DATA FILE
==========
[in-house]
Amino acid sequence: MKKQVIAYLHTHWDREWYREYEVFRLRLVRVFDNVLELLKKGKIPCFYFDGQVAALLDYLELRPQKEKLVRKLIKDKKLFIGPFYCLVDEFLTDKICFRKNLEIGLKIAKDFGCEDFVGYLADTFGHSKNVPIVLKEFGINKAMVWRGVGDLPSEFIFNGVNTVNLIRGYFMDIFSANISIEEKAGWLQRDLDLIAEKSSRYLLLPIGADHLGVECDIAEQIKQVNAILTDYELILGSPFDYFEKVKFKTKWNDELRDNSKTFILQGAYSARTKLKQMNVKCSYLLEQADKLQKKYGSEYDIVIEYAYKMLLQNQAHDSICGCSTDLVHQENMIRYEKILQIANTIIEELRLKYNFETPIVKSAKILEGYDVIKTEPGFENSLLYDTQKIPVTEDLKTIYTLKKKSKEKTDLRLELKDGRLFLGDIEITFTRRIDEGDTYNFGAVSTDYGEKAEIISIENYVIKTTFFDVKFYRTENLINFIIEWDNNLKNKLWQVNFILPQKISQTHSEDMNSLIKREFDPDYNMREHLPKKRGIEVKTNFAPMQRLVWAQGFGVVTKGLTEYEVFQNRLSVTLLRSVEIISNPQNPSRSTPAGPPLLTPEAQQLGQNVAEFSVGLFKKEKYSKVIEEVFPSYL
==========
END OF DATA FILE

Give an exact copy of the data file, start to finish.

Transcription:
[in-house]
Amino acid sequence: MKKQVIAYLHTHWDREWYREYEVFRLRLVRVFDNVLELLKKGKIPCFYFDGQVAALLDYLELRPQKEKLVRKLIKDKKLFIGPFYCLVDEFLTDKICFRKNLEIGLKIAKDFGCEDFVGYLADTFGHSKNVPIVLKEFGINKAMVWRGVGDLPSEFIFNGVNTVNLIRGYFMDIFSANISIEEKAGWLQRDLDLIAEKSSRYLLLPIGADHLGVECDIAEQIKQVNAILTDYELILGSPFDYFEKVKFKTKWNDELRDNSKTFILQGAYSARTKLKQMNVKCSYLLEQADKLQKKYGSEYDIVIEYAYKMLLQNQAHDSICGCSTDLVHQENMIRYEKILQIANTIIEELRLKYNFETPIVKSAKILEGYDVIKTEPGFENSLLYDTQKIPVTEDLKTIYTLKKKSKEKTDLRLELKDGRLFLGDIEITFTRRIDEGDTYNFGAVSTDYGEKAEIISIENYVIKTTFFDVKFYRTENLINFIIEWDNNLKNKLWQVNFILPQKISQTHSEDMNSLIKREFDPDYNMREHLPKKRGIEVKTNFAPMQRLVWAQGFGVVTKGLTEYEVFQNRLSVTLLRSVEIISNPQNPSRSTPAGPPLLTPEAQQLGQNVAEFSVGLFKKEKYSKVIEEVFPSYL